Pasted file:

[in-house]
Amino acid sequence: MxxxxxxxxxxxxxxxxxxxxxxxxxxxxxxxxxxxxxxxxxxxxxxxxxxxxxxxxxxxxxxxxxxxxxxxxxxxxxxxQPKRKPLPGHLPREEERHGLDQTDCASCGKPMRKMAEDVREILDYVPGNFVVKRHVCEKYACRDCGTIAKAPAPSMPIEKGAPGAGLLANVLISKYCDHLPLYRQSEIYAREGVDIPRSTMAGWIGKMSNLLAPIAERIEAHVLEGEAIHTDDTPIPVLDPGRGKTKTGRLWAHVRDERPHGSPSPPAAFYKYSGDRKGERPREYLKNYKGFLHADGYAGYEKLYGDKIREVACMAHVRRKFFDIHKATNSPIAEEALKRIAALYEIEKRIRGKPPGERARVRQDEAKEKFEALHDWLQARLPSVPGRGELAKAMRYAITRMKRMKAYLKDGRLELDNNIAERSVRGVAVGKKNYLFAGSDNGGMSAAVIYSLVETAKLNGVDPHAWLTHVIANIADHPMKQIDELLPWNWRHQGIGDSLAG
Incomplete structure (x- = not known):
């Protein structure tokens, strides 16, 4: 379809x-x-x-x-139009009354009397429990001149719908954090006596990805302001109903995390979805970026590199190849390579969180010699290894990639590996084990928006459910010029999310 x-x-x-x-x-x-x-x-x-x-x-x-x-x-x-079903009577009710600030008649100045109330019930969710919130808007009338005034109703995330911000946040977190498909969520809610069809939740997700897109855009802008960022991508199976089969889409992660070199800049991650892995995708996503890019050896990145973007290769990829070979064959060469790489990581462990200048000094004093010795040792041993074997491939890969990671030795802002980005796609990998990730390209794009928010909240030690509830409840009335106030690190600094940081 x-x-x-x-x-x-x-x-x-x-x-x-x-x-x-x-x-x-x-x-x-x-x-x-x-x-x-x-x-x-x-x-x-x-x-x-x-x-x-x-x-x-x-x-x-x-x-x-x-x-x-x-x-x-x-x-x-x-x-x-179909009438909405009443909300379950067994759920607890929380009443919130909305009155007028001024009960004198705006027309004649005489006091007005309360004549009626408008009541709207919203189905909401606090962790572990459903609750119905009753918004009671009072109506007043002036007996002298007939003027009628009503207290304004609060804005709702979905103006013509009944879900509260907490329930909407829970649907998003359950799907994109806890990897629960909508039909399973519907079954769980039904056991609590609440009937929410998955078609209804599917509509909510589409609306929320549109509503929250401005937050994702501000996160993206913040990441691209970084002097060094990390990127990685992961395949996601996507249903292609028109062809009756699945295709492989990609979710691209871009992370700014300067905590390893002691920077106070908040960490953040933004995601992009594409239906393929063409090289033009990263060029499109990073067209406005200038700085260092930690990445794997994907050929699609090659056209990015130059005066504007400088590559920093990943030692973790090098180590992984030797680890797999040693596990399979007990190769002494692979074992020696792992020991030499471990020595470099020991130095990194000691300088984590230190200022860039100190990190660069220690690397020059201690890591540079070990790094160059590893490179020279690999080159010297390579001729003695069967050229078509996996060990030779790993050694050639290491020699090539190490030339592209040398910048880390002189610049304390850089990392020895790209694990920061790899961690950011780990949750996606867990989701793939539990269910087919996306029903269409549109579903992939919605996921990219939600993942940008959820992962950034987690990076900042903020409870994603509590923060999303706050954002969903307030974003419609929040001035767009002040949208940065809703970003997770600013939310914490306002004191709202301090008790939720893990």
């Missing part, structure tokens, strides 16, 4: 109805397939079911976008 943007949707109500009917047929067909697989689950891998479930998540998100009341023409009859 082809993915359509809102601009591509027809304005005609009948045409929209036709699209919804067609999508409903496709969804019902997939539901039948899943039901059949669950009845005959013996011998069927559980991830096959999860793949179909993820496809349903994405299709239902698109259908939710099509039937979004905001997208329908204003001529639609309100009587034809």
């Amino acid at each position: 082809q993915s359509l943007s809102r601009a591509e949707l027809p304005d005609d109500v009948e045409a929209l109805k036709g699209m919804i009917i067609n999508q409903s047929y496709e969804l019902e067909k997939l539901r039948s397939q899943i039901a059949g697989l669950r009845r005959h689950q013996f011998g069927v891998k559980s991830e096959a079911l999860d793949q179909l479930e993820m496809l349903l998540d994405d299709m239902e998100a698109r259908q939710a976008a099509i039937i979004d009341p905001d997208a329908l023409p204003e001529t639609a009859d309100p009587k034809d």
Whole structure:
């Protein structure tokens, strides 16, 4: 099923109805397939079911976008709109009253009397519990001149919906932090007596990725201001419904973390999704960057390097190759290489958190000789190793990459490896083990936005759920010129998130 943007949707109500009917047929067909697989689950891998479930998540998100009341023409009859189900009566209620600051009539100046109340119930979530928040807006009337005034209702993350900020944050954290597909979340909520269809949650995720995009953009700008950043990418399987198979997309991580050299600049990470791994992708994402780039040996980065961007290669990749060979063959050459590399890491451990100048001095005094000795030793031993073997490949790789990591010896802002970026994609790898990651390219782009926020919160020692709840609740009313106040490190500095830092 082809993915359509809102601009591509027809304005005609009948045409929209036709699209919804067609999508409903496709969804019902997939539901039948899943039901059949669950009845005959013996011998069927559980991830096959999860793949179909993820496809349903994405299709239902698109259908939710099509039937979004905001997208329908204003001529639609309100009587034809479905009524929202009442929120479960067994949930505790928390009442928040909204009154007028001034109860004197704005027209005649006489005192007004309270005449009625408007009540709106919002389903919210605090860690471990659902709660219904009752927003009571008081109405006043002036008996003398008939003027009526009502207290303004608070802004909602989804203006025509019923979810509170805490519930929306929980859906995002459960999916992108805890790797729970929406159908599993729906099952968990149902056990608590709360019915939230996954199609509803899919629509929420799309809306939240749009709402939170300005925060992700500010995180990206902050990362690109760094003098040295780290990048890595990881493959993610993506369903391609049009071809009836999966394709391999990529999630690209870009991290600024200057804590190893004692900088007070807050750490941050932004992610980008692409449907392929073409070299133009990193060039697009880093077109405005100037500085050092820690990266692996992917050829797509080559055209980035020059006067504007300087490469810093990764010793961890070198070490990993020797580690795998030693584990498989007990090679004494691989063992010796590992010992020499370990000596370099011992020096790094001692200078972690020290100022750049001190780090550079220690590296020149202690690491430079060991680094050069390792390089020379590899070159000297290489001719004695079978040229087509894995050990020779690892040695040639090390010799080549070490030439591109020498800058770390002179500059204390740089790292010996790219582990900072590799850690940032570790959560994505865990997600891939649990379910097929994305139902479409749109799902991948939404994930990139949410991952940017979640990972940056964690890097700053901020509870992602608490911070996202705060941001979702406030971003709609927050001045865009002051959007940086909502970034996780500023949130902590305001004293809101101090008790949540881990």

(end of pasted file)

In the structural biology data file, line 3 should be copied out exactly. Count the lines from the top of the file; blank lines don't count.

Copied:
Incomplete structure (x- = not known):